nep-hrm New Economics Papers
on Human Capital and Human Resource Management
Issue of 2021‒06‒14
eight papers chosen by
Patrick Kampkötter
Eberhard Karls Universität Tübingen

  1. The economics of deferral and clawback requirements By Hoffmann, Florian; Inderst, Roman; Opp, Marcus M.
  2. Informed Choices: Gender Gaps in Career Advice By Yana Gallen; Melanie Wasserman
  3. Drivers of Working Hours and Household Income Dynamics during the COVID-19 Pandemic: The Case of the Netherlands By Christian Zimpelmann; Hans-Martin von Gaudecker; Radost Holler; Lena Janys; Bettina Siflinger
  4. Informing employees in small and medium sized firms about training: results of a randomized field experiment By Berg, Gerard van den; Dauth, Christine; Homrighausen, Pia; Stephan, Gesine
  5. Are Overconfident Players More Likely to Win Tournaments and Contests? By Luis Santos Pinto
  6. Employers' Willingness to Invest in the Training of Temporary Workers: A Discrete Choice Experiment By Poulissen, Davey; de Grip, Andries; Fouarge, Didier; Künn-Nelen, Annemarie
  7. Escaping from Low-Wage Employment: The Role of Co-worker Networks By Anna Baranowska-Rataj; Zoltán Elekes; Rikard Eriksson
  8. Relative Performance Evaluation, Sabotage and Collusion By Bloomfield, Matthew J.; Marvao, Catarina; Spagnolo, Giancarlo

  1. By: Hoffmann, Florian; Inderst, Roman; Opp, Marcus M.
    Abstract: We analyze the effects of regulatory interference in compensation contracts, focusing on recent mandatory deferral and clawback requirements restricting (incentive) compensation of material risk-takers in the financial sector. Moderate deferral requirements have a robustly positive effect on equilibrium risk-management effort only if the bank manager's outside option is sufficiently high, else, their effectiveness depends on the dynamics of information arrival. Stringent deferral requirements unambiguously backfire. We characterize when regulators should not impose any deferral regulation at all, when it can achieve second-best welfare, when additional clawback requirements are of value, and highlight the interaction with capital regulation.
    Keywords: bonus deferral; clawbacks; compensation regulation; moral hazard; principal-agent models with externalities; Short-termism
    JEL: D86 G21 G28
    Date: 2020–07
  2. By: Yana Gallen (The University of Chicago); Melanie Wasserman (University of California, Los Angeles)
    Abstract: This paper estimates gender differences in access to informal information regarding the labor market. We conduct a large-scale field experiment in which real college students seek information from 10,000 working professionals about various career paths, and we randomize whether a professional receives a message from a male or a female student. We focus the experimental design and analysis on two career attributes that prior research has shown to differentially affect the labor market choices of women: the extent to which a career accommodates work/life balance and has a competitive culture. When students ask broadly for information about a career, we find that female students receive substantially more information on work/life balance relative to male students. This gender difference persists when students disclose that they are concerned about work/life balance. In contrast, professionals mention workplace culture to male and female students at similar rates. After the study, female students are more dissuaded from their preferred career path than male students, and this difference is in part explained by professionals’ greater emphasis on work/life balance when responding to female students. Finally, we elicit students’ preferences for professionals and find that gender differences in information provision would remain if students contacted their most preferred professionals.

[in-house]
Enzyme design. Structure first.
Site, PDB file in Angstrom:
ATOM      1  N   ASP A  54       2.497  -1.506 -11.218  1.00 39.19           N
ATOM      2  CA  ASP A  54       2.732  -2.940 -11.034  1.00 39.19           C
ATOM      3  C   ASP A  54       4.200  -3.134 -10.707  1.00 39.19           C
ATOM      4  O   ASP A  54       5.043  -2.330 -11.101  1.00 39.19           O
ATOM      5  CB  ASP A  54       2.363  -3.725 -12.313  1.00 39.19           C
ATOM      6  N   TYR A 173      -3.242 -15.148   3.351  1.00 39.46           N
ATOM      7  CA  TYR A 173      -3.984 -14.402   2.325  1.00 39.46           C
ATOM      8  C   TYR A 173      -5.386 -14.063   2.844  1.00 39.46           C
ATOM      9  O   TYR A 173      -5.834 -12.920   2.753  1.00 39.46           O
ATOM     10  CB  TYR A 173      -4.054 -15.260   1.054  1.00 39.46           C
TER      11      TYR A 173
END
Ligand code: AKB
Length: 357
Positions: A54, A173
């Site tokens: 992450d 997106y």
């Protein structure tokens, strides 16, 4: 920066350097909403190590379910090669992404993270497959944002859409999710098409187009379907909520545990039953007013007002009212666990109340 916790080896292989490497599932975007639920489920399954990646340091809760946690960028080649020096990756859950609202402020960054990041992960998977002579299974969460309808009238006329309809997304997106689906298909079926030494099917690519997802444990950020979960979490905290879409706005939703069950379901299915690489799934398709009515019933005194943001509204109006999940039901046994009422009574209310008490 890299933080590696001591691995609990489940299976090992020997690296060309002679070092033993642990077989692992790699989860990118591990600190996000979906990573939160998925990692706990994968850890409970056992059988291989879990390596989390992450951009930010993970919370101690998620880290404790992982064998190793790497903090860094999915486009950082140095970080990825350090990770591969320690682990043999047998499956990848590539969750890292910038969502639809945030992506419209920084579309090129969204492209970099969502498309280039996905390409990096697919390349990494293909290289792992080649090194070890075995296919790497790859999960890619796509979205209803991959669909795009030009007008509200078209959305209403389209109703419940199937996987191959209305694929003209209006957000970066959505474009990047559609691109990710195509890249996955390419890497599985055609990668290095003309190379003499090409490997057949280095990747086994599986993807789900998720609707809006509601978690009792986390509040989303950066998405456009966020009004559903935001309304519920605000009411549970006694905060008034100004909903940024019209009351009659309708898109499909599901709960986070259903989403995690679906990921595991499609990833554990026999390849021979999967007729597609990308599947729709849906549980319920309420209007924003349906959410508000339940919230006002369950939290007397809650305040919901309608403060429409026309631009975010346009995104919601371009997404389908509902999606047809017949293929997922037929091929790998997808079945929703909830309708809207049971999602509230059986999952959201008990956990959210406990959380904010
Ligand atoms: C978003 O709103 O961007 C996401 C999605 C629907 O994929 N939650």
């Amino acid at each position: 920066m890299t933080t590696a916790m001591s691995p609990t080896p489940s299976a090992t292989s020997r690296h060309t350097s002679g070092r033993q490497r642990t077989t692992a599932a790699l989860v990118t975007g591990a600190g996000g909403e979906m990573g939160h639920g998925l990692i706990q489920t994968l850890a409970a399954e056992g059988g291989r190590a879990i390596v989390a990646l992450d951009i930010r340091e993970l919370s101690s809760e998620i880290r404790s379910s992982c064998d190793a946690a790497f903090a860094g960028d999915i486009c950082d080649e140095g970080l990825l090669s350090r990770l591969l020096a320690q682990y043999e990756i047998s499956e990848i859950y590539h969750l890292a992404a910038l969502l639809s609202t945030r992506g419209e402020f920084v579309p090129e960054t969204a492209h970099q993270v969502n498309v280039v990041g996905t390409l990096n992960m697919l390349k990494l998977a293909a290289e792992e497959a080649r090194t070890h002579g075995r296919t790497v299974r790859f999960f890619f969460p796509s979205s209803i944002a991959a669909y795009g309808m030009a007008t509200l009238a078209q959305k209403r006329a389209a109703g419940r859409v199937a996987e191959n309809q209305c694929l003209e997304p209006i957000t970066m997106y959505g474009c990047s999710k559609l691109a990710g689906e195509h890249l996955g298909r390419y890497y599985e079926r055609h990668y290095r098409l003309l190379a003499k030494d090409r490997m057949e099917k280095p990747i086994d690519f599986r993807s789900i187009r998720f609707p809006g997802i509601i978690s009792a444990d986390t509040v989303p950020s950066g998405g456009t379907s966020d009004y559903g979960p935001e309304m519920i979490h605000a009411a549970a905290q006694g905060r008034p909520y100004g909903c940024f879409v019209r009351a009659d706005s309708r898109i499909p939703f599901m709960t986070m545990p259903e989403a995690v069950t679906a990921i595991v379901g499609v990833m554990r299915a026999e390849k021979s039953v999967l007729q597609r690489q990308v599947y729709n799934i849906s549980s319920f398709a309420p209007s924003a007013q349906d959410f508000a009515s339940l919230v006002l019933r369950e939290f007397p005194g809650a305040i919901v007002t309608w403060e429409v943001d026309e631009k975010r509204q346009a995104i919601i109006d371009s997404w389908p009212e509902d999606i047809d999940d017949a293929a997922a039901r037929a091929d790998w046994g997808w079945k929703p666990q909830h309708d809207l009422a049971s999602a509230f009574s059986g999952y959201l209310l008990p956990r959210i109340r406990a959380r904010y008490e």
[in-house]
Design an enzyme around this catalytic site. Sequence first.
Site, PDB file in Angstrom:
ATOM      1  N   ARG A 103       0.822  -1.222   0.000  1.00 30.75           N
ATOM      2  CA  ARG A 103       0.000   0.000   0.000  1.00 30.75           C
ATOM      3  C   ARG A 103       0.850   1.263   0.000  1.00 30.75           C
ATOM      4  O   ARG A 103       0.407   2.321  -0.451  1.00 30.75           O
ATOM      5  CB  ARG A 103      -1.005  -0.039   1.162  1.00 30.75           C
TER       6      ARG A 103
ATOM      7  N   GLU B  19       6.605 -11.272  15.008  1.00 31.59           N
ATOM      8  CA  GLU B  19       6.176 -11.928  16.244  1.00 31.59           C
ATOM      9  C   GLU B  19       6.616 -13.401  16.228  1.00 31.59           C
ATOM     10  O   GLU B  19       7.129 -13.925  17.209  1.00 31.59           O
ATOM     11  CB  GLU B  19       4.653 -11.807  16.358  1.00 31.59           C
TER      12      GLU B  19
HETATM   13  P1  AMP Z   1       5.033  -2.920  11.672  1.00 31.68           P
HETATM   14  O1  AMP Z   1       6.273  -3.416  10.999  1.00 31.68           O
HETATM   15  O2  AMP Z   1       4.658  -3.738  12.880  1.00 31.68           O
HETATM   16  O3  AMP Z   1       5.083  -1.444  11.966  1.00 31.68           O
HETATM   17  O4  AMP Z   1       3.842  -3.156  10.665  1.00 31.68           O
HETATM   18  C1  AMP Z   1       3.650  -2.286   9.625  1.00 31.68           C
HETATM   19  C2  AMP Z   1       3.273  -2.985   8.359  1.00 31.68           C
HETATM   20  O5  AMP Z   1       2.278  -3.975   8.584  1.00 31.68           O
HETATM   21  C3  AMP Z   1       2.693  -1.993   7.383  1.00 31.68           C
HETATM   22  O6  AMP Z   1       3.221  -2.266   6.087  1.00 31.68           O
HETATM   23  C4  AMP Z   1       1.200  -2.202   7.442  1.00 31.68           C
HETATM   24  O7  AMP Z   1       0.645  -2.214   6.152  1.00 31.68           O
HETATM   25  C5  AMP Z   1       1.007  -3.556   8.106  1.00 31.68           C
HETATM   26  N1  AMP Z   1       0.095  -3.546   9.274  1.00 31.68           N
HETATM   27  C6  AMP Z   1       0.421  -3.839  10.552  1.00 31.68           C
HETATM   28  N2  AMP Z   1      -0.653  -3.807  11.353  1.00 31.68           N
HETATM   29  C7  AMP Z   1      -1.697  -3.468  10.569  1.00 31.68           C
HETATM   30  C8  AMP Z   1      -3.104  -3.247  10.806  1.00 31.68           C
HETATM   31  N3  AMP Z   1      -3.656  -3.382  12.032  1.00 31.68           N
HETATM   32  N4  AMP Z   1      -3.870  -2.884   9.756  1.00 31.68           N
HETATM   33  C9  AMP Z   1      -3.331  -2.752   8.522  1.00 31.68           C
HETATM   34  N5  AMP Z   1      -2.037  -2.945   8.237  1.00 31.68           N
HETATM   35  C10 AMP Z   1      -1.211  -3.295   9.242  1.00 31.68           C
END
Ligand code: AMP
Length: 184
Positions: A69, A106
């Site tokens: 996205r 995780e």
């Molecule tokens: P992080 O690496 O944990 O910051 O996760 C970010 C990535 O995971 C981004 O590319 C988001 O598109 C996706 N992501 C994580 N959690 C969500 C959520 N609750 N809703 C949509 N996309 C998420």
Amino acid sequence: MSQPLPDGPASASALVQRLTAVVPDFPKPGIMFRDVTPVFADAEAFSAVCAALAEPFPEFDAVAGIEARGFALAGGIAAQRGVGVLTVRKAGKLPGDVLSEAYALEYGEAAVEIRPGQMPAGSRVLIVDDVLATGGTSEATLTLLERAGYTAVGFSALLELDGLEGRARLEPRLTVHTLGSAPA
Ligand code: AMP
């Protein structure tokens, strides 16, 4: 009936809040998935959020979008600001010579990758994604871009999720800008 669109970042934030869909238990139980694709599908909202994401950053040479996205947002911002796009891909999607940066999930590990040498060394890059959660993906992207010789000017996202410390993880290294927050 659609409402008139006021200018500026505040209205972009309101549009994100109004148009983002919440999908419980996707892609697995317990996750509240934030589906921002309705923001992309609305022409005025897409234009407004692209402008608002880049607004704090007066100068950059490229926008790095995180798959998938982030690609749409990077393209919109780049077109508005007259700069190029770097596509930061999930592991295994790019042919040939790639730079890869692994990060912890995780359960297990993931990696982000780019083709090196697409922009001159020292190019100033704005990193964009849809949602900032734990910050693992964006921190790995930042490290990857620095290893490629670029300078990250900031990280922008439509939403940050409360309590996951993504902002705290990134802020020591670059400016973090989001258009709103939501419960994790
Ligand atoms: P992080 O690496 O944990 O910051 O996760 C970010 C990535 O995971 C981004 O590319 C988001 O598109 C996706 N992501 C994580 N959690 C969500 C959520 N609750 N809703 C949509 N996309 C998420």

Keywords: career information, gender, discrimination, correspondence study
    JEL: C93 J16 J24 J71
    Date: 2021–06
  3. By: Christian Zimpelmann; Hans-Martin von Gaudecker; Radost Holler; Lena Janys; Bettina Siflinger (Department of Economics, University of Bonn, Adenauerallee 24-42, 53113 Bonn, Germany)
    Abstract: Using customized panel data spanning the entire year of 2020, we analyze the dynamics of working hours and household income across different stages of the CoVid-19 pandemic. Similar to many other countries, during this period the Netherlands experienced a quick spread of the SARS-CoV-2 virus, adopted a set of fairly strict social distancing measures, gradually reopened, and imposed another lockdown to contain the second wave. We show that socio-economic status is strongly related to changes in working hours, especially when strict economic restrictions are in place. In contrast, household income is equally unaffected for all socio-economic groups. Examining the drivers of these observations, we find that pandemic-specific job characteristics (the ability to work from home and essential worker status) explain most of the socio-economic gradient in total working hours. Furthermore, household income is largely decoupled from shocks to working hours for employees. We provide suggestive evidence that large-scale labor hoarding schemes have helped insure employees against demand shocks to their employees.
    Keywords: inequality, labor market, working from home, coronavirus, essential workers, mitigation policies
    JEL: D31 J21 J22 J24 J33
    Date: 2021–05
  4. By: Berg, Gerard van den; Dauth, Christine; Homrighausen, Pia; Stephan, Gesine
    Abstract: We mailed brochures to 10,000 randomly chosen employed German workers eligible for a subsizided occupational training program called WeGebAU, informing them about the importance of skill-upgrading occupational training in general and about WeGebAU in particular. Using survey and register data, we estimate effects of the information treatment brochure on awareness of the program, on take-up of WeGebAU and other training, and on subsequent employment. The brochure more than doubles awareness of the program. There are no effects on WeGebAU take-up but participation in other (unsubsidized) training increases among employees aged below 45. Short-term labor market outcomes are not affected.